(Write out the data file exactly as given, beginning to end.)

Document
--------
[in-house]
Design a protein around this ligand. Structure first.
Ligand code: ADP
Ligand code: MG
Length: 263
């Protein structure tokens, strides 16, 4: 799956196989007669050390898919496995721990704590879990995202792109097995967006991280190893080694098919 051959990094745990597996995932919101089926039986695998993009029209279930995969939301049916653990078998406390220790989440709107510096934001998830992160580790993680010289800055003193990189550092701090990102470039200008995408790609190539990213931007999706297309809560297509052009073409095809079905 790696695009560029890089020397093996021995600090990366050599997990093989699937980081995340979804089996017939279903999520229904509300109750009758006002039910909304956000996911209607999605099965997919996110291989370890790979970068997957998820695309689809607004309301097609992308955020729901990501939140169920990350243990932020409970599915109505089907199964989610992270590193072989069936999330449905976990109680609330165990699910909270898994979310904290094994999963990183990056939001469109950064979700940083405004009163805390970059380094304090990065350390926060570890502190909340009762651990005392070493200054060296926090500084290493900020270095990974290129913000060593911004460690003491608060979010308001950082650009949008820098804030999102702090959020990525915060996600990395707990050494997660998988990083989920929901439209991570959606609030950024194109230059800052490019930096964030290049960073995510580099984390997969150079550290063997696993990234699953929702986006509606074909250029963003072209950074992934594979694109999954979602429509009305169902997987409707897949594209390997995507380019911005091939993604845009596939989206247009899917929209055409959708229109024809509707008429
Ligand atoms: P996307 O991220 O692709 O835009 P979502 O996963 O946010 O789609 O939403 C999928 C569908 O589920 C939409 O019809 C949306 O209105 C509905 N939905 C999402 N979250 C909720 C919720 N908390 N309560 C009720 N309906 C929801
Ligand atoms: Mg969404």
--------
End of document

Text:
[in-house]
Design a protein around this ligand. Structure first.
Ligand code: ADP
Ligand code: MG
Length: 263
């Protein structure tokens, strides 16, 4: 799956196989007669050390898919496995721990704590879990995202792109097995967006991280190893080694098919 051959990094745990597996995932919101089926039986695998993009029209279930995969939301049916653990078998406390220790989440709107510096934001998830992160580790993680010289800055003193990189550092701090990102470039200008995408790609190539990213931007999706297309809560297509052009073409095809079905 790696695009560029890089020397093996021995600090990366050599997990093989699937980081995340979804089996017939279903999520229904509300109750009758006002039910909304956000996911209607999605099965997919996110291989370890790979970068997957998820695309689809607004309301097609992308955020729901990501939140169920990350243990932020409970599915109505089907199964989610992270590193072989069936999330449905976990109680609330165990699910909270898994979310904290094994999963990183990056939001469109950064979700940083405004009163805390970059380094304090990065350390926060570890502190909340009762651990005392070493200054060296926090500084290493900020270095990974290129913000060593911004460690003491608060979010308001950082650009949008820098804030999102702090959020990525915060996600990395707990050494997660998988990083989920929901439209991570959606609030950024194109230059800052490019930096964030290049960073995510580099984390997969150079550290063997696993990234699953929702986006509606074909250029963003072209950074992934594979694109999954979602429509009305169902997987409707897949594209390997995507380019911005091939993604845009596939989206247009899917929209055409959708229109024809509707008429
Ligand atoms: P996307 O991220 O692709 O835009 P979502 O996963 O946010 O789609 O939403 C999928 C569908 O589920 C939409 O019809 C949306 O209105 C509905 N939905 C999402 N979250 C909720 C919720 N908390 N309560 C009720 N309906 C929801
Ligand atoms: Mg969404």